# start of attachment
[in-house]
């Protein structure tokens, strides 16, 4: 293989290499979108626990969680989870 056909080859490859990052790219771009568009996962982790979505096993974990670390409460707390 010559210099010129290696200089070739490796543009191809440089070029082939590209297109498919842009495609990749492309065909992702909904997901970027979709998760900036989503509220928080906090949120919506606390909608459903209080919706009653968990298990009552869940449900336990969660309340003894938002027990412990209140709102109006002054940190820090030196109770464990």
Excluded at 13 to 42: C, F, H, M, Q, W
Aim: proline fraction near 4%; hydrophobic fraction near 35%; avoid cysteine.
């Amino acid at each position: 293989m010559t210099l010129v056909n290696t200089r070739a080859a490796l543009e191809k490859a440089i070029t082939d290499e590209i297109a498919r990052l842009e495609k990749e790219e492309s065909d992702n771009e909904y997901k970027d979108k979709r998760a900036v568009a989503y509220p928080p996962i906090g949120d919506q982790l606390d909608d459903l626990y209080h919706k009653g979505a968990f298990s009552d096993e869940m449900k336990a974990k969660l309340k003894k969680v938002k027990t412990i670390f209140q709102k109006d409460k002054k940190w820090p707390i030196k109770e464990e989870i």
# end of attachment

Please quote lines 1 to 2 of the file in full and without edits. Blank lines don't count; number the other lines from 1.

[in-house]
């Protein structure tokens, strides 16, 4: 293989290499979108626990969680989870 056909080859490859990052790219771009568009996962982790979505096993974990670390409460707390 010559210099010129290696200089070739490796543009191809440089070029082939590209297109498919842009495609990749492309065909992702909904997901970027979709998760900036989503509220928080906090949120919506606390909608459903209080919706009653968990298990009552869940449900336990969660309340003894938002027990412990209140709102109006002054940190820090030196109770464990």